Select Committee on European Communities Report



68.  PROPOSED PROTOCOL TO THE CONVENTION ON THE USE OF INFORMATION TECHNOLOGY FOR CUSTOMS PURPOSES AND PROPOSAL ON THE DELIMITATION OF INFORMATION TO BE CAPTURED ON THE DATABASES

Letter from Lord Tordoff, Chairman of the Committee, to Dawn Primarolo MP, Financial Secretary to the Treasury

  Sub-Committee E (Law and Institutions) considered the draft Protocol and the proposal on delimitation of information at its meeting on 18 November. The Committee has also seen a complete set of amended guidelines on delimitation. The Committee is content to clear both documents from scrutiny.

  The Committee notes that the CIS Convention is one of a number of Third Pillar Conventions establishing a central database facility. The proposal on delimitation demonstrates the difficulties inherent in distinguishing between information related to Third Pillar matters and information related to areas of Community competence. The Committee would be grateful for confirmation that there will be no disparity in the level of data protection under the laws applicable in the UK according to the particular database on which the information is stored.

  The Committee understands that the European Parliament has expressed the view that a Protocol is not necessary to enable Europol to have access to the Third Pillar CIS database, on the grounds that Article 7(3) of the Convention does not apply to internal EU bodies. The Committee is surprised by this assertion and would like to have the Government's opinion.

  On the general issue of data protection under the Treaties, the Committee was interested to hear of the Italian proposal, discussed at the May Justice and Home Affairs Council, to harmonise data protection requirements for all Third Pillar instruments. The Committee would like to know how the proposal has been taken forward and what the current state of progress is.

19 November 1998

Letter from Dawn Primarolo MP, Financial Secretary to the Treasury, to Lord Tordoff, Chairman of the Committee

  Thank you for your letter of 19 November. I was pleased to note that the European Communities Committee considered both of the above documents at its meeting on 18 November and cleared them from scrutiny.

  You raise some general questions in relation to the Third Pillar CIS database, data protection and access by others organisations. The answers to these are set out below.

  Your first question concerned the protection of data to be stored on both the First and Third Pillar databases. The Committee has asked for confirmation that there will be no disparity in the level of data protection under the laws applicable in the UK according to the particular database on which the information is stored. I can confirm that the 1998 Data Protection Act, which received Royal Assent earlier this year and will implement the Data Protection Directive in the UK, will apply to activities covered by both the First and Third Pillars.

  Your second question concerned a report of the European Parliament dated 29 October 1998 on the draft Protocol to the CIS Convention. In their report the European Parliament has proposed an amendment to the Protocol and to Article 7(1) of the CIS Convention to provide direct access to the CIS database by the European Police Office (Europol). Their explanation for suggesting the amendment states that "since Europol is organised as an internal Union body, it does not require the conclusion of a separate protocol pursuant to the procedure set out in Article 7(3) of the Convention which is intended to apply to international or regional organisations." You expressed surprise at the assertion made by the European Parliament and asked for the Government's opinion.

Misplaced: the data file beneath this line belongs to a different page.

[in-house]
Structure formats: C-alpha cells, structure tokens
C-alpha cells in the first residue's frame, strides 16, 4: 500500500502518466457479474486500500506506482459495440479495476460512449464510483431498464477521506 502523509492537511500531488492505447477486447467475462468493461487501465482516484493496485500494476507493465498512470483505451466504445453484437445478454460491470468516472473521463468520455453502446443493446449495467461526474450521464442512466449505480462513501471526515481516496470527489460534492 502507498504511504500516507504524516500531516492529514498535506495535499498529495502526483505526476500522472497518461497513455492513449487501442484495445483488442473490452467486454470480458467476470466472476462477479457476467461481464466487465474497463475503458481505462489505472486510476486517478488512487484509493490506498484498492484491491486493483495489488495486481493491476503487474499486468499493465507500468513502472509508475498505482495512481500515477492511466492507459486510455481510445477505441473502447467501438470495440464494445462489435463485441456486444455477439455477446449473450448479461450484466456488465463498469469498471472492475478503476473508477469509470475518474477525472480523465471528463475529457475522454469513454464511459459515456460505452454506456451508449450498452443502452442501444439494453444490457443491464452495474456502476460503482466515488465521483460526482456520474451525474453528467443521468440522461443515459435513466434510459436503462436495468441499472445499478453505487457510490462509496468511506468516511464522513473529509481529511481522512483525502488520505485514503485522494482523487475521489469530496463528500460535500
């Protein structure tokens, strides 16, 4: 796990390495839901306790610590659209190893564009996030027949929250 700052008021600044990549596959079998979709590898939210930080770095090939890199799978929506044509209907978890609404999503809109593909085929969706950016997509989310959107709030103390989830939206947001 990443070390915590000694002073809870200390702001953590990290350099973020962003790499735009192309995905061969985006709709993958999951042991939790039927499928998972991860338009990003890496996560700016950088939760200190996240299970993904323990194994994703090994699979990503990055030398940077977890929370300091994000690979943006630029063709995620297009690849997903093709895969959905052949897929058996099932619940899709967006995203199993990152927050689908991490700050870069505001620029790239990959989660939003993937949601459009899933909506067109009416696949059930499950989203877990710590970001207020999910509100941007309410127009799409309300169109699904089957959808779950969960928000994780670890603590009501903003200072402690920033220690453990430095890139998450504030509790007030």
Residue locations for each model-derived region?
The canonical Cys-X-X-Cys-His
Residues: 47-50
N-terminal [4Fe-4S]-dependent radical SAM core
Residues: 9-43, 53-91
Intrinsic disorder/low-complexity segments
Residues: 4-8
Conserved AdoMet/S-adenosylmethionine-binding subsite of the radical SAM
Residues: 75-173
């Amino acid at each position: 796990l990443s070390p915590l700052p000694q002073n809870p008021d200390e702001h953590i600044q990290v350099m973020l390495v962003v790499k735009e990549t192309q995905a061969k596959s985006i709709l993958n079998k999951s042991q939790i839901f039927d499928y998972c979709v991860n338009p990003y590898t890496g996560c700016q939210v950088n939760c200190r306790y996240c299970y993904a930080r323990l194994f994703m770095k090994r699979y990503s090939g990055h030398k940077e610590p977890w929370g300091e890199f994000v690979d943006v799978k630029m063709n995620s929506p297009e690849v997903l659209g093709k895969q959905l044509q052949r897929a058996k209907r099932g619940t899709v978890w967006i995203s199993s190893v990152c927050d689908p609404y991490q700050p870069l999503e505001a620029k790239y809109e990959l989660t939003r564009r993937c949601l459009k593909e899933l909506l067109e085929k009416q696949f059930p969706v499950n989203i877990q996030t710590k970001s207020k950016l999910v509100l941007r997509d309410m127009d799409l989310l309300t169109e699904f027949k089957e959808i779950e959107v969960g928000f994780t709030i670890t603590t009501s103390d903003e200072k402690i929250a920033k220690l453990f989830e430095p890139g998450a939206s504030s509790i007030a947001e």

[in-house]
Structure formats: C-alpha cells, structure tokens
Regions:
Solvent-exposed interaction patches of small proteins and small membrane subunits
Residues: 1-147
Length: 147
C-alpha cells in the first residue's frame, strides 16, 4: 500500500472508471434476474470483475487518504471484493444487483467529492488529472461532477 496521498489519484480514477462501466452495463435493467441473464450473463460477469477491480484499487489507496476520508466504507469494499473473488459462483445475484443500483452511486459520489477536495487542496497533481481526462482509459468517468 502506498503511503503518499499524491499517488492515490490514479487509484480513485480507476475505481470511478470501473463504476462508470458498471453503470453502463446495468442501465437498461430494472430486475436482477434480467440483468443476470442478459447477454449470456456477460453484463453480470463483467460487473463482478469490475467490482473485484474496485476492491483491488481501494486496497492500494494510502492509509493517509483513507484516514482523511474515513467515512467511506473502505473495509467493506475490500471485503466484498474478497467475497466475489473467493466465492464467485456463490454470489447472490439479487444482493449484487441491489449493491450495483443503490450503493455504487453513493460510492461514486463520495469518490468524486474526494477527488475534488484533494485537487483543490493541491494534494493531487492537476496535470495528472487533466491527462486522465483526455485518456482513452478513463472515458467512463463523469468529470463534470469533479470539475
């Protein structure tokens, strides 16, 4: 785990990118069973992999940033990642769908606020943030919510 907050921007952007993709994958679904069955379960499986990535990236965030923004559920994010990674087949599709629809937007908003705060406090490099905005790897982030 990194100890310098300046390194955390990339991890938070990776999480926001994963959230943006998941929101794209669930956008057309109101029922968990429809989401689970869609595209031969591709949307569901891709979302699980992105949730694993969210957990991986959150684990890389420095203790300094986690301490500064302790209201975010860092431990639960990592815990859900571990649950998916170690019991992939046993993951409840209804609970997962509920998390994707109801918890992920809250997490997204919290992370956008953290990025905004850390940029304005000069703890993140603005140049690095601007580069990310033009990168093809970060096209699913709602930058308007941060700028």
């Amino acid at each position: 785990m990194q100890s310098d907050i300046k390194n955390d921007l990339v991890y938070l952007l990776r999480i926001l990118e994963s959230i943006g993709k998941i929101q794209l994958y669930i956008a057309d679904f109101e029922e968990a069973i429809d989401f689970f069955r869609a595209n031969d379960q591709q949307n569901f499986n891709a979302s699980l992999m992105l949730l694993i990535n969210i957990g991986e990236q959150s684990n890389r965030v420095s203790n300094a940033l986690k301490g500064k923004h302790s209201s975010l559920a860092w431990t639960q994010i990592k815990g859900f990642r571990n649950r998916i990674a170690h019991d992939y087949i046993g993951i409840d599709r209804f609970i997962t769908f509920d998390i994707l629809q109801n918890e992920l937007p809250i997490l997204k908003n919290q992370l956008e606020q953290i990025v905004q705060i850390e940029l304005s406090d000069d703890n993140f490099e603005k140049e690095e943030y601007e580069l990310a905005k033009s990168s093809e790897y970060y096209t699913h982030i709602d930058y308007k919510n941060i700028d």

You will be aware from the Explanatory Note that the UK would have preferred the draft Protocol to have included a provision extending access to the Third Pillar CIS database to other organisations including Europol. In the event this was omitted from the Protocol because it did not receive the support of all Member States. However, it remains a priority for the UK. That said, however, we do not agree with the view expressed by the European Parliament. Article 7(1) of the CIS Convention states that "access to the Third Pillar CIS database is reserved exclusively for the national authorities designated by each Member State. These national authorities shall be customs administrations, but may also include other authorities competent, according to the laws, regulations and procedures of the Member State in question, to act in order to achieve the aim stated in Article 2(2)." The Convention does not provide for direct access by any EU body or institution. Customs view is that Europol is an international or regional organisation within the terms of Article 7(3) of the Convention and that in order for them to be granted direct access a Protocol to the Convention would be necessary.

  Your final point concerns the general issue of data protection and the proposal made by Italy to the May Justice and Home Affairs (JHA) Council, to harmonise data protection requirements for all Third Pillar instruments. You enquire what the current state of progress is with this proposal. This is strictly a matter for my Home Office colleagues, but I am advised that the Italian proposal was discussed at the May JHA Council and the Council Legal Service (CLS) was asked to provide a report analysing the position on data protection in respect of Third Pillar instruments. The CLS report was recently considered by the K4 Committee and at that meeting the Austrian Presidency referred the report to the Horizontal Informatics Group. That Group has yet to meet to discuss the report.

  I am copying this to the Chairman and Clerk of the European Legislation Committee.


 
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